|Office of the Attorney General - State of Texas
February 15, 2000
Mr. Walter W. Leonard
Dear Mr. Leonard:
You ask whether certain information is subject to required public disclosure under chapter 552 of the Government Code. Your request was assigned ID# 132424.
The Benbrook Water and Sewer Authority (the "authority") received a request for a list of Benbrook utility customers who have requested that their names not be released by the authority to the public.(1) You have submitted a representative sample of the responsive information.(2) You claim that the requested information is excepted from disclosure under section 552.101 of the Government Code. We have considered the exception you claim and have reviewed the submitted information.
Section 552.101 excepts from disclosure "information considered to be confidential by law, either constitutional, statutory, or by judicial decision." This section encompasses information protected by other statutes. Section 182.052 of the Utility Code provides that a government-operated utility may not disclose personal information from its customer's account if the customer requests that the information be kept confidential. Personal information is defined as an individual's address, phone number, or social security number. Util. Code § 182.051. You explain that certain customers have elected to have their personal information withheld under section 182.052(b). Based on your statements that the customers have taken the appropriate steps to restrict access to their personal information, we conclude that the customers' addresses must be withheld under this statute if the election was made prior to the date the request was received. However, because the definition of "personal information" does not include the customer's name, the city may not withhold the utility customers' names under section 182.052 of the Utilities Code in conjunction with section 552.101 of the Government Code . Thus, you must release the names of the utility customers to the requestor.
This letter ruling is limited to the particular records at issue in this request and limited to the facts as presented to us; therefore, this ruling must not be relied upon as a previous determination regarding any other records or any other circumstances.
This ruling triggers important deadlines regarding the rights and responsibilities of the governmental body and of the requestor. For example, governmental bodies are prohibited from asking the attorney general to reconsider this ruling. Gov't Code § 552.301(f). If the governmental body wants to challenge this ruling, the governmental body must appeal by filing suit in Travis County within 30 calendar days. Id. § 552.324(b). In order to get the full benefit of such an appeal, the governmental body must file suit within 10 calendar days. Id. § 552.353(b)(3), (c). If the governmental body does not appeal this ruling and the governmental body does not comply with it, then both the requestor and the attorney general have the right to file suit against the governmental body to enforce this ruling. Id. § 552.321(a).
If this ruling requires the governmental body to release all or part of the requested information, the governmental body is responsible for taking the next step. Based on the statute, the attorney general expects that, within 10 calendar days of this ruling, the governmental body will do one of the following three things: 1) release the public records; 2) notify the requestor of the exact day, time, and place that copies of the records will be provided or that the records can be inspected; or 3) notify the requestor of the governmental body's intent to challenge this letter ruling in court. If the governmental body fails to do one of these three things within 10 calendar days of this ruling, then the requestor should report that failure to the attorney general's Open Government Hotline, toll free, at 877/673-6839. The requestor may also file a complaint with the district or county attorney. Id. § 552.3215(e).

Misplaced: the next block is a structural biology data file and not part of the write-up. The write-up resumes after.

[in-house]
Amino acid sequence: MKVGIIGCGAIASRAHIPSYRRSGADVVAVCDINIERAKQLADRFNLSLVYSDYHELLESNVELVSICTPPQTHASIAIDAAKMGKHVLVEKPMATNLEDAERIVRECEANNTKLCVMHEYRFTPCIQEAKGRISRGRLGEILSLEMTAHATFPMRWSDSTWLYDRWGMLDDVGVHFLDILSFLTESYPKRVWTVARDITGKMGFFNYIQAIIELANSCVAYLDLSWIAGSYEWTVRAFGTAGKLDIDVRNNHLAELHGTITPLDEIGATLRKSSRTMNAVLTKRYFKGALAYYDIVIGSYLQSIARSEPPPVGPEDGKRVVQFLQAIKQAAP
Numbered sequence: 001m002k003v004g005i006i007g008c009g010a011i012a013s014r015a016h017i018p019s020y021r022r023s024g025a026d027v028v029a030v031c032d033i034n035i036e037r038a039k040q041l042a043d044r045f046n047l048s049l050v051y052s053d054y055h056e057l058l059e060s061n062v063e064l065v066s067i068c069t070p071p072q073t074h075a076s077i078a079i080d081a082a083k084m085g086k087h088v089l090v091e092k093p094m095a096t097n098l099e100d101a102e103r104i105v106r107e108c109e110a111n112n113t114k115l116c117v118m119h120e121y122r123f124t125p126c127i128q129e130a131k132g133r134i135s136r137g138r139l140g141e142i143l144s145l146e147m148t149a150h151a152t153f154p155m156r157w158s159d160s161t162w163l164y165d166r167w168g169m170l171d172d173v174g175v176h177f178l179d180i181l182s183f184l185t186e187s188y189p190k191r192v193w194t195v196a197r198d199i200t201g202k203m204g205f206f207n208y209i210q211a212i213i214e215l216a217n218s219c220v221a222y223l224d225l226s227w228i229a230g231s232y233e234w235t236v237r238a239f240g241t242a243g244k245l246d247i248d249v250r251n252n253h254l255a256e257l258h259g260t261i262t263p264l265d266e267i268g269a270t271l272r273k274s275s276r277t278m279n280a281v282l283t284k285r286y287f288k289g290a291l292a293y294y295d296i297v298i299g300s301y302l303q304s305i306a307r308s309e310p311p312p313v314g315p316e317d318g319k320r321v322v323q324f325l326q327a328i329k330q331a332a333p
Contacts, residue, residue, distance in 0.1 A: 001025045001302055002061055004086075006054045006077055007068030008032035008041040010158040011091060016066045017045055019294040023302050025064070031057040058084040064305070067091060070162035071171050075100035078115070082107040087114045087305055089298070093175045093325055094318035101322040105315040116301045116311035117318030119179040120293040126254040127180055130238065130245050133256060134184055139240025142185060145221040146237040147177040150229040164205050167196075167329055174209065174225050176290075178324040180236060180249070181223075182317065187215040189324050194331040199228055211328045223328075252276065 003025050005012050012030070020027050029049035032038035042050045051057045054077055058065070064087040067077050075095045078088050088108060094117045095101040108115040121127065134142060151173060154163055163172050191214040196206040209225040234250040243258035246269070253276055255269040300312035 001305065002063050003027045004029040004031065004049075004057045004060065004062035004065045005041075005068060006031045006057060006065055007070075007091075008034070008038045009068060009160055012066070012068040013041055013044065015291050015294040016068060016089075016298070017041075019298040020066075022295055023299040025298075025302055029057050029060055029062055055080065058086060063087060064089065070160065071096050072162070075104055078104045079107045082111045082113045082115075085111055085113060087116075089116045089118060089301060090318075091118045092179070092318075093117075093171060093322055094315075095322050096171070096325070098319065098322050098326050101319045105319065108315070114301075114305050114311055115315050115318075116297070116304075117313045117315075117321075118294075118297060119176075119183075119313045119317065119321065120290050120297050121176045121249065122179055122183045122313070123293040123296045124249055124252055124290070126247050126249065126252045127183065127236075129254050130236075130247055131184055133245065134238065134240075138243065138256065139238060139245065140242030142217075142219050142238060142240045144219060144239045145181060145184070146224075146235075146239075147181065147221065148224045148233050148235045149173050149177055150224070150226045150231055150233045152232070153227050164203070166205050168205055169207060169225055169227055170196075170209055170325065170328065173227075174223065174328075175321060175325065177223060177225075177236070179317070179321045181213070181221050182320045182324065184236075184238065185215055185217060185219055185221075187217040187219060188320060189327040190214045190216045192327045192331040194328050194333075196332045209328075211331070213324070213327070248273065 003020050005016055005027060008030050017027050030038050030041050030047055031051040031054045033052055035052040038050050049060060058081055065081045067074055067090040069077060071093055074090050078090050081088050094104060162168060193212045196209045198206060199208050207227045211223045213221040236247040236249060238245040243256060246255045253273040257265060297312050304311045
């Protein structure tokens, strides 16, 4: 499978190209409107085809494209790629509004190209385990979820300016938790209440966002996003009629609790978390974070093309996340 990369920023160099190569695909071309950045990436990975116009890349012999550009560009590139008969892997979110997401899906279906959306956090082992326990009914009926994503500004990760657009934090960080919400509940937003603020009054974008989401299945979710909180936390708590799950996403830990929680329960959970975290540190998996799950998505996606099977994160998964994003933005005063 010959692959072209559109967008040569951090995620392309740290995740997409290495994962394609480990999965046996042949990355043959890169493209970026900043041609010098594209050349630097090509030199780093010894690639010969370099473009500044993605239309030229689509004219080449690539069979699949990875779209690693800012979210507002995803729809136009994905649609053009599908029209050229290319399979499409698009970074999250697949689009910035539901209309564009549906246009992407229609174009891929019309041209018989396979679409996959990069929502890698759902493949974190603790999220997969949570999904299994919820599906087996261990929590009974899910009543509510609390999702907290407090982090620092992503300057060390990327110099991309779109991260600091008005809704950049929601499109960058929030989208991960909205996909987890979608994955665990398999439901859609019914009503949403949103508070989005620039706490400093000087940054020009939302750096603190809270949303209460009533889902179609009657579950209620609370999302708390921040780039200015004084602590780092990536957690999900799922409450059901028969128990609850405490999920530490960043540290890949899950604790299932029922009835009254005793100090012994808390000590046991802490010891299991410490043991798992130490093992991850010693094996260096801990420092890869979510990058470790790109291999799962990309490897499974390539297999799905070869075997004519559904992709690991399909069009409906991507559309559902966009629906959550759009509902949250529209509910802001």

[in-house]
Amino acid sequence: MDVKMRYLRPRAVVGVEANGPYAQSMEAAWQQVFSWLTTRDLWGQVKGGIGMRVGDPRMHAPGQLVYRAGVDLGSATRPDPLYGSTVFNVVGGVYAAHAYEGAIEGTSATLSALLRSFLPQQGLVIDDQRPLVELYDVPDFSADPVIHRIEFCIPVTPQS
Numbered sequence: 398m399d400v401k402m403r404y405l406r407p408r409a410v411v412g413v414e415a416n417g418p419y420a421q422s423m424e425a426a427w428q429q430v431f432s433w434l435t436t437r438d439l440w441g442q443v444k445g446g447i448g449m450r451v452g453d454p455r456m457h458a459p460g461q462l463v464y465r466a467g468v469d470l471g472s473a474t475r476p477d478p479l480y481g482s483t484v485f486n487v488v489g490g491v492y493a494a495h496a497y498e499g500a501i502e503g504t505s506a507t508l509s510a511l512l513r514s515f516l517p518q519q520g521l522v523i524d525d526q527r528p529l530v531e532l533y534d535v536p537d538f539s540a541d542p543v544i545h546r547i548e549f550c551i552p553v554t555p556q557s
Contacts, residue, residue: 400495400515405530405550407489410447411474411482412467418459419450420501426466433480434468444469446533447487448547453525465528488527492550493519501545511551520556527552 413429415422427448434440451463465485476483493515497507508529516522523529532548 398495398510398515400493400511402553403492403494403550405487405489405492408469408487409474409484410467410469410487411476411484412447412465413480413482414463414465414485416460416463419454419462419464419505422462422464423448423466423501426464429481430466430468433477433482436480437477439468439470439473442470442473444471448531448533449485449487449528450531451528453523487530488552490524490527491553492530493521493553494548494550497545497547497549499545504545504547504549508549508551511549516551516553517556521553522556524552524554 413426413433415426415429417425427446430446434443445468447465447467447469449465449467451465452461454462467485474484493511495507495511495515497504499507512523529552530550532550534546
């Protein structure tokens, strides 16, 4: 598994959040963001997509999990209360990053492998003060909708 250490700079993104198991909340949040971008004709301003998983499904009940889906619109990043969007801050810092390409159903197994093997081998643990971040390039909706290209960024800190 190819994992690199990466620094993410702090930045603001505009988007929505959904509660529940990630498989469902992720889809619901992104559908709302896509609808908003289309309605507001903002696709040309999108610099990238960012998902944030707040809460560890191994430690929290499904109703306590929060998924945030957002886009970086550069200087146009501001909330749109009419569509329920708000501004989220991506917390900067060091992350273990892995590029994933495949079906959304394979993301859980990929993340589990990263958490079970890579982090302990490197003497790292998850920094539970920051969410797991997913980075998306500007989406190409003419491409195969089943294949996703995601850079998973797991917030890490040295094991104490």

If this ruling requires or permits the governmental body to withhold all or some of the requested information, the requestor can appeal that decision by suing the governmental body. Id. § 552.321(a); Texas Department of Public Safety v. Gilbreath, 842 S.W.2d 408, 411 (Tex. App.-Austin 1992, no writ).
If the governmental body, the requestor, or any other person has questions or comments about this ruling, they may contact our office. Although there is no statutory deadline for contacting us, the attorney general prefers to receive any comments within 10 calendar days of the date of this ruling.
Carla Gay Dickson
Ref: ID# 132424
Encl. Submitted documents
cc: Mr. Rick Whitehurst
1. You indicate that the requestor has also asked for a "manning table" and a policy statement regarding current staffing practices. You assert that this information does not exist. The Public Information Act does not require a governmental body to make available information which does not exist. Open Record Decision No. 362 (1983), nor does it require a governmental body to answer factual questions. Open Records Decision Nos. 347 (1982), 379 (1983), 555 (1990).
2. In reaching our conclusion here, we assume that the "representative sample" of records submitted to this office is truly representative of the requested records as a whole. See Open Records Decision Nos. 499 (1988); 497 (1988). This open records letter does not reach, and therefore does not authorize the withholding of, any other requested records to the extent that those records contain substantially different types of information than that submitted to this office.
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